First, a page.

• create an output buffer (wrapped in System.Xml.XmlWriter for XslCompiledTransform convenience),
  • create an instance of XslCompiledTransform,
  • load stylesheet (cd.xsl),
  • let XslCompiledTransform instance work out the magic,
  • read contents of the buffer,
  • job done.

In Bee:

[
    "load data as instance"
    
    data := System.Xml.XPath.XPathDocument new: 'cd.xml'.
   
    "create an output buffer"
    buffer := System.Text.StringBuilder new.
    writer := System.Xml.XmlWriter Create: buffer.

    "create an XSLT processor and load stylesheet"
    xslt :=  System.Xml.Xsl.XslCompiledTransform new.
    xslt Load: 'cd.xsl'.
    
    "let the magic happen"    
    xslt Transform: data _: nil _: writer _: nil.

    "retrieve resulting HTML"
    ^ buffer ToString.
] on: System.IO.FileNotFoundException do: [:fnfex |
    "Not a great handler, but for a demo it will do"
    TaskDialog warning: 'OOPS, file''s missing: ', fnfex FileName.
] on: System.Xml.Xsl.XsltException do:[:xsltex |
    TaskDialog warning: 'OOPS, transformation failed: ' , xsltex Message
].
"job done"

Much like in C#, isn’t it? That’s the goal. Bee’s CLR interop does the magic for you. Well, not quite, see below. However, you can see that:

  • To refer to a .NET class, use fully qualified class name
  • Method names matches .NET method names, including the capitalization (it is the convention of .NET that method names starts with uppercase letter). If the method takes arguments, the keyword preceding second and more argument is _:. This is fixed in oder to make the code more predictable.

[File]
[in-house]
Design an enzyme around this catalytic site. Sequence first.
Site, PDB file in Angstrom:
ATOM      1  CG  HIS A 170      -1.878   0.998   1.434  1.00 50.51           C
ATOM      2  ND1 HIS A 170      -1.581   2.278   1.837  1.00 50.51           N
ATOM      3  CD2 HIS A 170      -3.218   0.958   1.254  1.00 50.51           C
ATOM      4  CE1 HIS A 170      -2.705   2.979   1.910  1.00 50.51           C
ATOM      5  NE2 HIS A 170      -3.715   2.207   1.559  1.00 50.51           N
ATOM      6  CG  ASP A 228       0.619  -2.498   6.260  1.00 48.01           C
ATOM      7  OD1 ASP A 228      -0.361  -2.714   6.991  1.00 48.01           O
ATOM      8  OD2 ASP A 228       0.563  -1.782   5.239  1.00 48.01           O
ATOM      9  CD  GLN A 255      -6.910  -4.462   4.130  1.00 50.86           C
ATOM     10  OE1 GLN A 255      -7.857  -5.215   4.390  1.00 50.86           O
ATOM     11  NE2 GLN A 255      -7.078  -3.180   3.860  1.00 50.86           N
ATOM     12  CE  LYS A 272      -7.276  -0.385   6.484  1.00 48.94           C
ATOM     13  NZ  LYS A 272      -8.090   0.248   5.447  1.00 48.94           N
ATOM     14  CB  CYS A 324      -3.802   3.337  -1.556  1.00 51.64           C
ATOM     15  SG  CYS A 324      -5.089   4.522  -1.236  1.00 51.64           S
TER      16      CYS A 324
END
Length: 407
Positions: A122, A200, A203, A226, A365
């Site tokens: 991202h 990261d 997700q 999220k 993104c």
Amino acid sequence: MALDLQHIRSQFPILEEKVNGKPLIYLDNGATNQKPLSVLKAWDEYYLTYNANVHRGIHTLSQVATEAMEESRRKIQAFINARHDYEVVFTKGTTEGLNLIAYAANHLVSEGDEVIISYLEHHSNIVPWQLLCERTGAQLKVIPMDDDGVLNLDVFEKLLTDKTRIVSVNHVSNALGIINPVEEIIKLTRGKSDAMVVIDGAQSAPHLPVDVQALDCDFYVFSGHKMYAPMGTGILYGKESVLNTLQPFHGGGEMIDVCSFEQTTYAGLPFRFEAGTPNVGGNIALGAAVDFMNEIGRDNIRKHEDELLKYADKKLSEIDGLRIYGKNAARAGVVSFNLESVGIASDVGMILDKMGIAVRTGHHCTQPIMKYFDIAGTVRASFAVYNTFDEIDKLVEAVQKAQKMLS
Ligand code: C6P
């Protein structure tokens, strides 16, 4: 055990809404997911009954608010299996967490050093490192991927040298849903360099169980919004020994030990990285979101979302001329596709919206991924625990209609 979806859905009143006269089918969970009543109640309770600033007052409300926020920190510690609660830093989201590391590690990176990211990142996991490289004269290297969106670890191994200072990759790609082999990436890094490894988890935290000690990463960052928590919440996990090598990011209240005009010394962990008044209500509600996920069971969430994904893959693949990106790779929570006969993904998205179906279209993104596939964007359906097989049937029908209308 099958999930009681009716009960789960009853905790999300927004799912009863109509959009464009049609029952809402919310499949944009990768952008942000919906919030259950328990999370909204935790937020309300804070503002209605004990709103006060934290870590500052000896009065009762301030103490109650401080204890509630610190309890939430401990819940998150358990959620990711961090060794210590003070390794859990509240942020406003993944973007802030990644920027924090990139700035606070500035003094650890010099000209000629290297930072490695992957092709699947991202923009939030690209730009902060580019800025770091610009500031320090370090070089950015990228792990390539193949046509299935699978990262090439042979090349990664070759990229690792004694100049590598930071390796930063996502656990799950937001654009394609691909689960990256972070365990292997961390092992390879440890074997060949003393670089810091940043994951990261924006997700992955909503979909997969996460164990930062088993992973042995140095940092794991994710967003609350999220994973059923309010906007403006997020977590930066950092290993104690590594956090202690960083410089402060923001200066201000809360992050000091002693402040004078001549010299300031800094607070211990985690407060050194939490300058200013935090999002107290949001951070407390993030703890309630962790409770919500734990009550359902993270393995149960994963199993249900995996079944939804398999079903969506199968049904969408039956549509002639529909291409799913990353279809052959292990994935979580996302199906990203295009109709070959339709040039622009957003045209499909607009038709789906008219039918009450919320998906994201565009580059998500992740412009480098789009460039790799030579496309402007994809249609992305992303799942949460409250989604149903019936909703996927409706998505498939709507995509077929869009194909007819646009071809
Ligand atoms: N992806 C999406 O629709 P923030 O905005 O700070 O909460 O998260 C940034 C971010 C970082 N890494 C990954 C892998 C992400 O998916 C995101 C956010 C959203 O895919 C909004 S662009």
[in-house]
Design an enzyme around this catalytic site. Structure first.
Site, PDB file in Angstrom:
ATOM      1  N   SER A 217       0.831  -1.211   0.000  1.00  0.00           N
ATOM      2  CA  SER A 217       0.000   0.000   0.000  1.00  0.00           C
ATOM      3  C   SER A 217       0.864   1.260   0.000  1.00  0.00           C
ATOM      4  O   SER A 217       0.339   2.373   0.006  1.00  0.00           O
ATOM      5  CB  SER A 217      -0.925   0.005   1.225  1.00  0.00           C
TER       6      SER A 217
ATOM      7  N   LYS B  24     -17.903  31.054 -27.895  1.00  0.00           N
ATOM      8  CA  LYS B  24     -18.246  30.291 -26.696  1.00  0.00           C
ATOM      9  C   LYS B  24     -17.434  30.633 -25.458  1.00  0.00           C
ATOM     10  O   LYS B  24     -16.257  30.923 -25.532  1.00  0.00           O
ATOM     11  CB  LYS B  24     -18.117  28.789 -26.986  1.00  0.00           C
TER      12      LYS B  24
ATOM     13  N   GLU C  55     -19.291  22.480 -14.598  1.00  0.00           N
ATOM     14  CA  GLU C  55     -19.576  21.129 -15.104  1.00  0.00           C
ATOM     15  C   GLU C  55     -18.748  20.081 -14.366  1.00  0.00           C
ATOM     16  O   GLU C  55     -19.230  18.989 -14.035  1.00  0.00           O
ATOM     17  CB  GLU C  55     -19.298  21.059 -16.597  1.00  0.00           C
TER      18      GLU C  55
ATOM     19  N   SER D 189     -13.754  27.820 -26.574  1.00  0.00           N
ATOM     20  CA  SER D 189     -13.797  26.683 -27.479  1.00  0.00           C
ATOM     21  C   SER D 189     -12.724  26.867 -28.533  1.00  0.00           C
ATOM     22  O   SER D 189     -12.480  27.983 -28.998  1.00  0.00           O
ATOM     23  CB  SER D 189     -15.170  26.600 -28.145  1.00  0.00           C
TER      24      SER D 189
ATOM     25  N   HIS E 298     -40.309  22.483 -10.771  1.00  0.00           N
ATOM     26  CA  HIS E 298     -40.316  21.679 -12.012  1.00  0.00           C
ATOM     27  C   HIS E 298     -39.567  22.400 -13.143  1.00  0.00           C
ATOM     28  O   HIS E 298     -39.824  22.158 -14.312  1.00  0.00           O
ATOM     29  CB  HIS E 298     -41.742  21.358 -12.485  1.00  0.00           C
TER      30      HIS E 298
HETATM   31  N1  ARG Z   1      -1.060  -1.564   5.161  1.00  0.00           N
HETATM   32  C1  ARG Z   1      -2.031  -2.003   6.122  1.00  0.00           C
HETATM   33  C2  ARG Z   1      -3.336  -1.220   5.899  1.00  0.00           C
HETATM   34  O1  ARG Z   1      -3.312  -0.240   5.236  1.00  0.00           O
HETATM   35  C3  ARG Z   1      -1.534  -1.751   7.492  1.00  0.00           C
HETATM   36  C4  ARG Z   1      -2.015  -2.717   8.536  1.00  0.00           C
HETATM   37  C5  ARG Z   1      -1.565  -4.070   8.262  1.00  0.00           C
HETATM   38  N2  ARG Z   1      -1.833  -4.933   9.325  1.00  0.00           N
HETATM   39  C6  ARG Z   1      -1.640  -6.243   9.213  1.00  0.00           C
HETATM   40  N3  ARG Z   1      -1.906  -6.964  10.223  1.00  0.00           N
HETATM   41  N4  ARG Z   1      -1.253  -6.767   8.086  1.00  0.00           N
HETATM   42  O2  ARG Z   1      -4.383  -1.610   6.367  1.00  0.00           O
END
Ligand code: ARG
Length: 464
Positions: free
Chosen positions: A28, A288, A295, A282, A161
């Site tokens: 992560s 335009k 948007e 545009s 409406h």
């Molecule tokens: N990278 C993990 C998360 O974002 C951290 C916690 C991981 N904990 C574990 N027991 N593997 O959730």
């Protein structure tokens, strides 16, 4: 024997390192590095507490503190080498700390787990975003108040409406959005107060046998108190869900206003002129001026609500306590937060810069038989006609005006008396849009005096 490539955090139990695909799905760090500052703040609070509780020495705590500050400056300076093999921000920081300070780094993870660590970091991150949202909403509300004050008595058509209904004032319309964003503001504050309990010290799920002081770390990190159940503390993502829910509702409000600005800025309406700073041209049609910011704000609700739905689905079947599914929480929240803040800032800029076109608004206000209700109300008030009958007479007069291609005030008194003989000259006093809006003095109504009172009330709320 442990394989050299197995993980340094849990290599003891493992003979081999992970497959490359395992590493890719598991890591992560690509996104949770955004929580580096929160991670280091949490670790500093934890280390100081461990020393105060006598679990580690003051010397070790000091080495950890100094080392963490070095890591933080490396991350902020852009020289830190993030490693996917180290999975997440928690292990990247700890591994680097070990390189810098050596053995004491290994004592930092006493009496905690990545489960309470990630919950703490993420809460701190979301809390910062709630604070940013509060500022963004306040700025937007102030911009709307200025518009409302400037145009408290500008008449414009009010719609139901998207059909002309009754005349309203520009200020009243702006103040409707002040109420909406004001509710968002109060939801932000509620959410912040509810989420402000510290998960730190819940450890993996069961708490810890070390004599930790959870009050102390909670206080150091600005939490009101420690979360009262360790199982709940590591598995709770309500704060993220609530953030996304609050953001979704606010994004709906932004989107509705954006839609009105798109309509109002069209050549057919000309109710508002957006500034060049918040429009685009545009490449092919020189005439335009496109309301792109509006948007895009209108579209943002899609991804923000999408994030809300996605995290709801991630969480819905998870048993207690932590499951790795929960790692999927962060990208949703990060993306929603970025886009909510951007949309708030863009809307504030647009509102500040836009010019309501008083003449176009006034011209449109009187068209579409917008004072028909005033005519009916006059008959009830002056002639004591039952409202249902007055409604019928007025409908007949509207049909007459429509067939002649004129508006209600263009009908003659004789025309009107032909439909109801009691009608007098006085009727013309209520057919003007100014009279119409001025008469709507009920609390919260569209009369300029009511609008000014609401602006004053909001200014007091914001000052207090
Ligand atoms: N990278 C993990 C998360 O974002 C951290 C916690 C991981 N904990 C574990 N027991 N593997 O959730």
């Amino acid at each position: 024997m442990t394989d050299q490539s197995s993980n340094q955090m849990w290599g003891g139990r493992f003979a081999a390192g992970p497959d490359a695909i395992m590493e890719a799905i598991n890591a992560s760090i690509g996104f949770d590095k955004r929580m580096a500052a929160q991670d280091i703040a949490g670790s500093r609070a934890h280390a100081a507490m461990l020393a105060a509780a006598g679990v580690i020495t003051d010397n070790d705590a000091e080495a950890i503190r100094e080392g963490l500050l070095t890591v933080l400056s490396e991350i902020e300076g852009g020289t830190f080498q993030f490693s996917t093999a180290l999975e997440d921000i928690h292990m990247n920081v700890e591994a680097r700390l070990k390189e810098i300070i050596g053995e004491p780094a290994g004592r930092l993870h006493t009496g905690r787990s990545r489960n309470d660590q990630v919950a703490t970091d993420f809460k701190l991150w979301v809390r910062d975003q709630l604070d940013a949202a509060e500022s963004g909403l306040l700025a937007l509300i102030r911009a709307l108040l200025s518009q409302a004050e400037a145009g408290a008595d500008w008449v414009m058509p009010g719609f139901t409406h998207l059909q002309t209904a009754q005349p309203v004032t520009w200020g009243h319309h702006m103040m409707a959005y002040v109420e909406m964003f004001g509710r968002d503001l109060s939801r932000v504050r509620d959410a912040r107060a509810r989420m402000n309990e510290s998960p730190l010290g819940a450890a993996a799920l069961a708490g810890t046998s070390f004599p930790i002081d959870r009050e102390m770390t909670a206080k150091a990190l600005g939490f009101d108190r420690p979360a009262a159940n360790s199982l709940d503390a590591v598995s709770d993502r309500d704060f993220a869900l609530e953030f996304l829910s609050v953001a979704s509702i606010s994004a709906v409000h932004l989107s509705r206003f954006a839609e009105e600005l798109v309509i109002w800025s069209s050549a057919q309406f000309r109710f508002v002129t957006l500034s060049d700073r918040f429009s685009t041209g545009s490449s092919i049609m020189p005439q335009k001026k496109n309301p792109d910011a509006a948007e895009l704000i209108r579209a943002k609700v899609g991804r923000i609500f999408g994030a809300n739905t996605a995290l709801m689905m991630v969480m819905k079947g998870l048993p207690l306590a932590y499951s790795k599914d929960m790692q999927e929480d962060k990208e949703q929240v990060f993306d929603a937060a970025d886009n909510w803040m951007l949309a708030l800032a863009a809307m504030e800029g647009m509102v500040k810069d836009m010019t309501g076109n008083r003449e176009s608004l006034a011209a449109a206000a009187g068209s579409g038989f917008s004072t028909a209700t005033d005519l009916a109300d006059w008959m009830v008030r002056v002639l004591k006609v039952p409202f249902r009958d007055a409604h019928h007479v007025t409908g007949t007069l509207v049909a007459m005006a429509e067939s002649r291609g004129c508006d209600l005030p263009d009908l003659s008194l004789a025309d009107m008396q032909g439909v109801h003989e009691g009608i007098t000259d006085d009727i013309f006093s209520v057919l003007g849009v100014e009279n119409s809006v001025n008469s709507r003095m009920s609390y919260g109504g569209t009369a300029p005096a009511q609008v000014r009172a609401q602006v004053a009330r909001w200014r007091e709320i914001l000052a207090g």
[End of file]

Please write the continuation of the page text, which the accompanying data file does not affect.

• Constructors are exposed as class-side #new method, as it is customary in Smalltalk
  • Static methods are exposed as class-side methods
  • Overloaded methods and constructors are properly handled, dispatching to appropriate implementation based on runtime types of arguments.
  • .NET exception can be handled using Smalltalk idioms: just handle it using #on:do: as usual. The handler gets reference to .NET exception object. .NET exceptions can be rethrown but cannot be resumed (because the way CLR deals with exceptions).

## A Little Sweeter (yet) Hypothetical Code

Having to prefix classes is not so nice. Also having to use _: keyword makes the code to look little ugly. It can be done in a much sweeter way. Imagine:

Object